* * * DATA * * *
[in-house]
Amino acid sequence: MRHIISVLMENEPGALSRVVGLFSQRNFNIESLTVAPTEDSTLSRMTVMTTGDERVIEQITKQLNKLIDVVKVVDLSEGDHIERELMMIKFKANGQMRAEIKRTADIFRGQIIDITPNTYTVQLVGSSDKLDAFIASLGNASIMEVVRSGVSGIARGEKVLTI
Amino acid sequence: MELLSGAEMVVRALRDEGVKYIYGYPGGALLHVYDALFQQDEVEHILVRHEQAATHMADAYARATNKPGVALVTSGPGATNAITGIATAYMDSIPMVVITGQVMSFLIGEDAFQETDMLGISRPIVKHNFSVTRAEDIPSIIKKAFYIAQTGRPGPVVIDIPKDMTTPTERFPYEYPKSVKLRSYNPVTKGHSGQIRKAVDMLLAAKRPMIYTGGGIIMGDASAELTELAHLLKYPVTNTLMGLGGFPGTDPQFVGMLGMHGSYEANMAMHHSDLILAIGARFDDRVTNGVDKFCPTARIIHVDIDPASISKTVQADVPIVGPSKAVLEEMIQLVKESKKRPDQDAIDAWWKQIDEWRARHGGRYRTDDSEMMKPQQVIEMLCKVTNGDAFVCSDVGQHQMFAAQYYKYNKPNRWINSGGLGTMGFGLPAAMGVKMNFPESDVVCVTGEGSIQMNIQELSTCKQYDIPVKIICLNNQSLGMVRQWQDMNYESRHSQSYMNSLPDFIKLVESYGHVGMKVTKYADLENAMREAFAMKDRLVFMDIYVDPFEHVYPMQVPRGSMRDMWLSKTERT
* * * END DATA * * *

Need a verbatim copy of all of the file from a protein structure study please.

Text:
[in-house]
Amino acid sequence: MRHIISVLMENEPGALSRVVGLFSQRNFNIESLTVAPTEDSTLSRMTVMTTGDERVIEQITKQLNKLIDVVKVVDLSEGDHIERELMMIKFKANGQMRAEIKRTADIFRGQIIDITPNTYTVQLVGSSDKLDAFIASLGNASIMEVVRSGVSGIARGEKVLTI
Amino acid sequence: MELLSGAEMVVRALRDEGVKYIYGYPGGALLHVYDALFQQDEVEHILVRHEQAATHMADAYARATNKPGVALVTSGPGATNAITGIATAYMDSIPMVVITGQVMSFLIGEDAFQETDMLGISRPIVKHNFSVTRAEDIPSIIKKAFYIAQTGRPGPVVIDIPKDMTTPTERFPYEYPKSVKLRSYNPVTKGHSGQIRKAVDMLLAAKRPMIYTGGGIIMGDASAELTELAHLLKYPVTNTLMGLGGFPGTDPQFVGMLGMHGSYEANMAMHHSDLILAIGARFDDRVTNGVDKFCPTARIIHVDIDPASISKTVQADVPIVGPSKAVLEEMIQLVKESKKRPDQDAIDAWWKQIDEWRARHGGRYRTDDSEMMKPQQVIEMLCKVTNGDAFVCSDVGQHQMFAAQYYKYNKPNRWINSGGLGTMGFGLPAAMGVKMNFPESDVVCVTGEGSIQMNIQELSTCKQYDIPVKIICLNNQSLGMVRQWQDMNYESRHSQSYMNSLPDFIKLVESYGHVGMKVTKYADLENAMREAFAMKDRLVFMDIYVDPFEHVYPMQVPRGSMRDMWLSKTERT